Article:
Kinah is a variant of the name Kenan. Genesis 5 lists Kenan as Cain's grandson. The name Kenan is a variant of Kain and Ghayin. Geoffrey W. Bromiley (2007) writes that ghayin lies behind kinah-huat in the Nuzi tablets. In the Canaano-Akkadian, "hu" is a pronominal suffix.

A principal shrine of the Amoprites was in Hazazon-tamar (Gen. 14:7), also known as Engedi (2 Chron. 20:2). Engedi was a large oasis on the western shore of the Dead Sea bounded on the south by the Wadi Arnon. The Amorites are also called the Amurru. The word likely derives from Am-Ar, meaning the people, tribe, clans or caste of Ar. It also appears in the titles of many rulers, including Ar-Shem, Arsames, Artix, and Araxes and in the names of Biblical places, such as Wadi Arnon. Ar-non (originally Ar-nxn) means the Ar of Onn/Heliopolis. Here we find a connection between Abraham's Ainu ancestors of Onn. Joseph/Yosef married the daughter of the high priest of Heliopolis, a Horite shrine city.

The Amorites lived in ancient Egypt as evidenced by Tomb No. 34 at Thebes (c. 1550-c. 1292) where a bearded Amorite chief with light skin and red-brown hair is shown. It appears that they had a scribal function. Ariel means "Scribe/Messenger of God." The association of Ar with the scribal caste is further demonstrated by the discovery of Aramaic scrolls from Arsames, the satrap, to his Egyptian administrator Psamshek and to an Egyptian ruler named Nekht-hor. (A.T.Olmstead, History of the Persian Empire, Chicago, 1948, pp.116-117)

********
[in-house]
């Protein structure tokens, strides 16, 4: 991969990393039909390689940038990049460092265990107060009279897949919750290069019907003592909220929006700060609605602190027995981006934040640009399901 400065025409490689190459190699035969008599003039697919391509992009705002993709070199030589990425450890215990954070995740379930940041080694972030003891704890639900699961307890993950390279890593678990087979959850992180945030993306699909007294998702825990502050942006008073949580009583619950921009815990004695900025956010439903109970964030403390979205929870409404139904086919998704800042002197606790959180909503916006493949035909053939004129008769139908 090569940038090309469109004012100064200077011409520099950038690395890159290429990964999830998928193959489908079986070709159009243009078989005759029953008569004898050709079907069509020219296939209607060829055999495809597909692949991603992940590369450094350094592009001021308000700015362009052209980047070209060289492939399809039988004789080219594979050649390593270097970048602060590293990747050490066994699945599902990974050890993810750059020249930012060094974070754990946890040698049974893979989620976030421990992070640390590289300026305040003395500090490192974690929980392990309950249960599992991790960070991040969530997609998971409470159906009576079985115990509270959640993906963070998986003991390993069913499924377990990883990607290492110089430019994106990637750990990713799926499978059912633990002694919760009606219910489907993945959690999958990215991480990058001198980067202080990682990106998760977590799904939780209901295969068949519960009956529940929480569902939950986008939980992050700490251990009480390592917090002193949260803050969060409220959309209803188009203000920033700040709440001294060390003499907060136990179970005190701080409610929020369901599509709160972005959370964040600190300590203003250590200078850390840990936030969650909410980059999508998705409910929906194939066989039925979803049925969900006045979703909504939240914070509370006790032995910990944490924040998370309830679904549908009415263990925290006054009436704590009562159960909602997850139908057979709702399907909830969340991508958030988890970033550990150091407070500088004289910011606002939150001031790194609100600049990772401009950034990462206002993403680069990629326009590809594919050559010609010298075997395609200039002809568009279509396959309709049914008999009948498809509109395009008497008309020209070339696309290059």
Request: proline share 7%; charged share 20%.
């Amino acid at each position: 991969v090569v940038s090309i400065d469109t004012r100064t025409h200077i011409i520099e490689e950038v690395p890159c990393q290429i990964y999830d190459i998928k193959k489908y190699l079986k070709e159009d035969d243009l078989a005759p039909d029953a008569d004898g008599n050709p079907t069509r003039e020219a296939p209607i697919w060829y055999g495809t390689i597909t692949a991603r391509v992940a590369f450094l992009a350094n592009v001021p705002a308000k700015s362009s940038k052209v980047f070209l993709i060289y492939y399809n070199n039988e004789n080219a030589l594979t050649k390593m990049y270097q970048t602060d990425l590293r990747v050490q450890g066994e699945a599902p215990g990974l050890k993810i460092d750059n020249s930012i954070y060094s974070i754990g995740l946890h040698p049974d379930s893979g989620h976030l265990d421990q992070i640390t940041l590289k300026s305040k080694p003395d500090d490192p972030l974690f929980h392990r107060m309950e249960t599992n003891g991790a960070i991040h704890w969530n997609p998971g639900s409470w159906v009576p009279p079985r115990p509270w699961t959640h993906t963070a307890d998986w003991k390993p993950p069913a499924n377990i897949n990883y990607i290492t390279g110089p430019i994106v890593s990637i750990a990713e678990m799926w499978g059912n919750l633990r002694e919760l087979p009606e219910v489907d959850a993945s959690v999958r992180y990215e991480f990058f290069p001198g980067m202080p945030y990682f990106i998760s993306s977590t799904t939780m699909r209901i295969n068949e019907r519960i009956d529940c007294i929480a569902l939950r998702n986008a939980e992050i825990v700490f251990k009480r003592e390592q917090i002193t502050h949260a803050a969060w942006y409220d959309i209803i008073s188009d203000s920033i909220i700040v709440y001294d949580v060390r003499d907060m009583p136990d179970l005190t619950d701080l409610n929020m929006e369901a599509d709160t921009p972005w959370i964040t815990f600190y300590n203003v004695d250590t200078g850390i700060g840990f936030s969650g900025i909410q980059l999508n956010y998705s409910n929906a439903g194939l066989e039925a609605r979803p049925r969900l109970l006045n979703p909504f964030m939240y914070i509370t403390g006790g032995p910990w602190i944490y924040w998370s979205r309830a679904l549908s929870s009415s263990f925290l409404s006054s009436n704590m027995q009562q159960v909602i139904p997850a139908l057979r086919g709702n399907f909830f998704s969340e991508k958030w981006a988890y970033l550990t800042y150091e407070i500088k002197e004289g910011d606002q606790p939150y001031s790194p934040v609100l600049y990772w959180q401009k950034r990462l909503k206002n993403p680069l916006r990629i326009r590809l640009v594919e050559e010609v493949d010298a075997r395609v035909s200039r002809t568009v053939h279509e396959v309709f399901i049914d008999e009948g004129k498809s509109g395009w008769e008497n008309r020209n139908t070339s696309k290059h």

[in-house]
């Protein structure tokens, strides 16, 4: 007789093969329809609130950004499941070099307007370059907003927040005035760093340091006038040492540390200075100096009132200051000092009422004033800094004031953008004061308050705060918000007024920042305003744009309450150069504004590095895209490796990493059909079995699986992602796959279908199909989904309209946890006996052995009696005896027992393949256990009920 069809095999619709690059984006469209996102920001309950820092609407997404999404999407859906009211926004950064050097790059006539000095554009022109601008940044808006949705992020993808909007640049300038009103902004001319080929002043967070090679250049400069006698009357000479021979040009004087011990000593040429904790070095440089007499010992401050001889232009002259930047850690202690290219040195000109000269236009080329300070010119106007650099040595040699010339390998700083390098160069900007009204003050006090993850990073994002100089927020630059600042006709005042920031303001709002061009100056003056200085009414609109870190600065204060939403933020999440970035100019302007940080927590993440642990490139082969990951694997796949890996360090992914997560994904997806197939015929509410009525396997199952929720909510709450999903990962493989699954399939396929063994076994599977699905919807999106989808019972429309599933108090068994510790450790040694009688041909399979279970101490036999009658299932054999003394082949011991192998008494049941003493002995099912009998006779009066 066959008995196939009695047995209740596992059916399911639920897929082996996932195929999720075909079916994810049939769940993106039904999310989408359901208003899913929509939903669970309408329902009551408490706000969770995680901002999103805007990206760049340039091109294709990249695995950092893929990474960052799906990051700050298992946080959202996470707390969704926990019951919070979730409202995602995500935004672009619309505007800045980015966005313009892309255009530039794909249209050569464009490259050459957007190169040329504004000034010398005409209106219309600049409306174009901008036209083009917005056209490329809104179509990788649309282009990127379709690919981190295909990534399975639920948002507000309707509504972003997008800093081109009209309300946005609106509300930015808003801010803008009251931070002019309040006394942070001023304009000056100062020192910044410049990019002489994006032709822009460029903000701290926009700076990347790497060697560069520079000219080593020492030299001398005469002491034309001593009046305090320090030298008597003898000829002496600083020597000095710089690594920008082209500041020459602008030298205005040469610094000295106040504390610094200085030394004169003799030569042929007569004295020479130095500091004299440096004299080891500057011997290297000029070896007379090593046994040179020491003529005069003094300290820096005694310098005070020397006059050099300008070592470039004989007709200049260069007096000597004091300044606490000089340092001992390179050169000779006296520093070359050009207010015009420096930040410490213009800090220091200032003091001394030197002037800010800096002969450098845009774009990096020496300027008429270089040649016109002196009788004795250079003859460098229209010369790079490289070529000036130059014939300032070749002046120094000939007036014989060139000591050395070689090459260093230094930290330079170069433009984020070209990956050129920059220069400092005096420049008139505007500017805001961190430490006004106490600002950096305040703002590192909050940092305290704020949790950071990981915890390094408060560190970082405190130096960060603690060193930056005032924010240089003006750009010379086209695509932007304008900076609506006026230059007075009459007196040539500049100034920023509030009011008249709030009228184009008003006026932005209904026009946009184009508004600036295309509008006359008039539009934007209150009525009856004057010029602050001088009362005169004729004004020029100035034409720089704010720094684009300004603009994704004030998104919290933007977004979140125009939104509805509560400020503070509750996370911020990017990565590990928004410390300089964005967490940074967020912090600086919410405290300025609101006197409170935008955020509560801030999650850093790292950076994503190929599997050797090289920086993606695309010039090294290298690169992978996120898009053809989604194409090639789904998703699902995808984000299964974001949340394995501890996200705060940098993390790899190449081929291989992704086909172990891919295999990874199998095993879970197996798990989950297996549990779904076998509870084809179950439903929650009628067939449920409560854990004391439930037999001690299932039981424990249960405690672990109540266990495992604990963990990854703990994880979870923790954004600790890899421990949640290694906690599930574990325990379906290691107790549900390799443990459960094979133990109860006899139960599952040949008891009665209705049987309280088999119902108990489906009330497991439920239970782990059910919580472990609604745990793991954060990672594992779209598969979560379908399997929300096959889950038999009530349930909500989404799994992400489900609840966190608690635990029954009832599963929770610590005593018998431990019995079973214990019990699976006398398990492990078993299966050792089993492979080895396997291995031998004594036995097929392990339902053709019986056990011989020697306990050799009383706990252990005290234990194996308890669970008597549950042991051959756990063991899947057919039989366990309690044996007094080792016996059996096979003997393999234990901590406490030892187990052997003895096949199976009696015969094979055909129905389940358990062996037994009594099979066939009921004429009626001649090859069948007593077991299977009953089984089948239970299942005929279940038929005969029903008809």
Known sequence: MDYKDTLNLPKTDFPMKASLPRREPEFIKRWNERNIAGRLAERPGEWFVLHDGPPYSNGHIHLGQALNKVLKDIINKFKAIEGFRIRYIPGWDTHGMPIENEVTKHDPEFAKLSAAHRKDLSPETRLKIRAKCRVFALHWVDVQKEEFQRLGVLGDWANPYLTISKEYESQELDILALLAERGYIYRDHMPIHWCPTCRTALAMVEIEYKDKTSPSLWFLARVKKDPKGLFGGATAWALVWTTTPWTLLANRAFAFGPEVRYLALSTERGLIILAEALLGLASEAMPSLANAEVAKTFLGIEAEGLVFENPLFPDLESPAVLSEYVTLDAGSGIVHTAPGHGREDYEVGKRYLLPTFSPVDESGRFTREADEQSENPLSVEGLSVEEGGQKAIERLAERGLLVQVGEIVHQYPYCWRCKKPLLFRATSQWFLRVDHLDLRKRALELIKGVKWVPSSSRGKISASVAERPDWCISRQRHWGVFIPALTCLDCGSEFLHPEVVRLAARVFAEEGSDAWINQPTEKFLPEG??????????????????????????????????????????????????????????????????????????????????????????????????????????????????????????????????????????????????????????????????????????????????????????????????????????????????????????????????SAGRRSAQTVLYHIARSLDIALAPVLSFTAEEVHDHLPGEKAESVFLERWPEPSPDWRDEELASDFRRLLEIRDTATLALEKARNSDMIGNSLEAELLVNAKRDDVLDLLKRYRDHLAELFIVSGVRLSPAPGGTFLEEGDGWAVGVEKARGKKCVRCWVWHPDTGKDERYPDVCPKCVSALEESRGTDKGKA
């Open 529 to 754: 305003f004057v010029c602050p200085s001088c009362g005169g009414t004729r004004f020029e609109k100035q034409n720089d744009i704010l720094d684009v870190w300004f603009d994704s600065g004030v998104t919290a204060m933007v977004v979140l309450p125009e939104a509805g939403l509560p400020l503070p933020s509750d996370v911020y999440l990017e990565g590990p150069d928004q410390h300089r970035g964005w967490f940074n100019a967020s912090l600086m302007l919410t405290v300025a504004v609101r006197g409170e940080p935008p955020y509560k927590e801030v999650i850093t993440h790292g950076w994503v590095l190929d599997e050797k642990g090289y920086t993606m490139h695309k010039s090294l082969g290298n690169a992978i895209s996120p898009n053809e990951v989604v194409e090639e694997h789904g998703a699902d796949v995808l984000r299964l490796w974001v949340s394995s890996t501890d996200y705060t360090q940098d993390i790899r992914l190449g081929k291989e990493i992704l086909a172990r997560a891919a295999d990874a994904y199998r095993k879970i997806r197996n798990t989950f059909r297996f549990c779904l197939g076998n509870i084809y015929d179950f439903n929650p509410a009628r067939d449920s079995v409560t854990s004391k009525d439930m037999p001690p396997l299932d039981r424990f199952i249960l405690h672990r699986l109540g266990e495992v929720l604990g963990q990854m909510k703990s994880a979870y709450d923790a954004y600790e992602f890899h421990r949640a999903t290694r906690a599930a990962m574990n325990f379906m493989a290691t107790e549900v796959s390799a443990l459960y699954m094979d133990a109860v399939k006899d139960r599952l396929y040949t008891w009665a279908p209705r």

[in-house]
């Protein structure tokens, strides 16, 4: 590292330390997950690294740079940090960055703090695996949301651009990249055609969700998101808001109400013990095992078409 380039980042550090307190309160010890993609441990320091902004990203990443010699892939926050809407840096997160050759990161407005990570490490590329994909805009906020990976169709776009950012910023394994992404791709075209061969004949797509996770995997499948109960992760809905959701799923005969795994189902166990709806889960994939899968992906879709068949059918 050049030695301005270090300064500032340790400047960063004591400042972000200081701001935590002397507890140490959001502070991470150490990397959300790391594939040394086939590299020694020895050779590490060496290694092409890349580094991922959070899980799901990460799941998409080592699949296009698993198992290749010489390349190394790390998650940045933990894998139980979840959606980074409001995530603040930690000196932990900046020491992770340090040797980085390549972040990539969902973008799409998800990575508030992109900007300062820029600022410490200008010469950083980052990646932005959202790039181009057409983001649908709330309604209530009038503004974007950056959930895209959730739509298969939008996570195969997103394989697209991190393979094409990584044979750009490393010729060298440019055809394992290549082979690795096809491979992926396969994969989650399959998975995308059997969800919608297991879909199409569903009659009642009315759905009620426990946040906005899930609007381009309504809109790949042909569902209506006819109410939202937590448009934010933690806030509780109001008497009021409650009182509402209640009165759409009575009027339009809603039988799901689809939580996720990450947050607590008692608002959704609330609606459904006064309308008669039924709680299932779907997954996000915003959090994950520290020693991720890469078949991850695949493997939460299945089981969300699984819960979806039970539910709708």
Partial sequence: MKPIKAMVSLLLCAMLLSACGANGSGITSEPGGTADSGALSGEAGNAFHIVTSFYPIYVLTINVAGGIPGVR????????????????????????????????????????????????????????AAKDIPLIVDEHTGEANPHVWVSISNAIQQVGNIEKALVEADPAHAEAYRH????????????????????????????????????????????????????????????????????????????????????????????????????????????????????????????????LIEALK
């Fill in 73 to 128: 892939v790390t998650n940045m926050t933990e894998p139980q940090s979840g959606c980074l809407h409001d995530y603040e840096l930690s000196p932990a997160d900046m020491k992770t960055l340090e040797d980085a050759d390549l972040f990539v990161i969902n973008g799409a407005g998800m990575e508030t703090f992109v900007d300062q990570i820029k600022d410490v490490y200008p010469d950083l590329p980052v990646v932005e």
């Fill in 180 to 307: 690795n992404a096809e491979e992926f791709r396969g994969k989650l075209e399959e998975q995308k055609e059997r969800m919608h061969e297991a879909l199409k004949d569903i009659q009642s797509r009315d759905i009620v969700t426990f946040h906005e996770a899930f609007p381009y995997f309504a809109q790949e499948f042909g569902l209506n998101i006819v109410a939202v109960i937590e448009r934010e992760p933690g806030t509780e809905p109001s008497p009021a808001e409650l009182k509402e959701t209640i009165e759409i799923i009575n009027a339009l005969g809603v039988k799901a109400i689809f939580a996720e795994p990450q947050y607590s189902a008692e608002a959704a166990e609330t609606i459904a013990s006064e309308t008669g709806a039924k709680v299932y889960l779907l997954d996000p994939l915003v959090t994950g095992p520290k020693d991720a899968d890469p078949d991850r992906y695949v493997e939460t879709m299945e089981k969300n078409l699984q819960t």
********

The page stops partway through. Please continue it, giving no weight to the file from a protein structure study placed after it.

The Shrine Cities of Abraham's Time

In Abraham's time, Canaan was a collection of city-states that paid tribute to the Great House of Egypt, as attested in the Amarna tablets. During the final years of the Late Bronze Age, Egyptianized Philistines were a prominent power in Canaan. The principal cities were shrine cities set at higher elevations, These are referred to as the "high places" in the Bible. The central temple and palace were pillared and usually aligned to the the solar arc. These were sometimes called "sun temples" (o'piru) or houses of the sun. The sun was the emblem of the Creator.

During Abraham's time there were at least seven principal mound or shrine cities. These were Hazor, Shechem, Beersheba, Ramah, Jerusalem, Bethel and Hebron. The shrines were attended by priests, mainly Horites. The Horites were a caste of ruler-priests who were widely dispersed in the ancient world. They originated in the Nile Valley and were ethnically Kushites.

Shrine cities were built on high ground and had good water sources. The ruler's complex was at the highest level and included quarters for residential staff such as cooks, craftsmen, warriors and priests. The most holy shrine or chapel was within the royal complex.

From about 1400 BC there is evidence that the Hebrew (habiru/abru) attempted to take control of the principal shrine cities in Canaan. This suggests that the Habiru under Joshua and Caleb's leadership attempted to supplant their Habiru kinsmen in those cities. Hazor was one of those cities.

Pillared residence at Hazor

Fourteen massive jars of scorched wheat have been found in a Late Bronze Age palace at Hazor. These are testimony to a large fire between 1400 and 1200 BC. Scholars do not agree on the cause of the fire. The Israeli archaeologist Amnon Ben Tor believes that the Israelites conquered Hazor and burned it as described in Joshua 11:11- "None of the cities that stood on mounds did Israel burn, except Hazor only; that Joshua burned." However, the accounts in Joshua are ambiguous. Joshua 6:24 credits Joshua with burning Jericho, and Joshua 8:28 reports that he also burned Ai.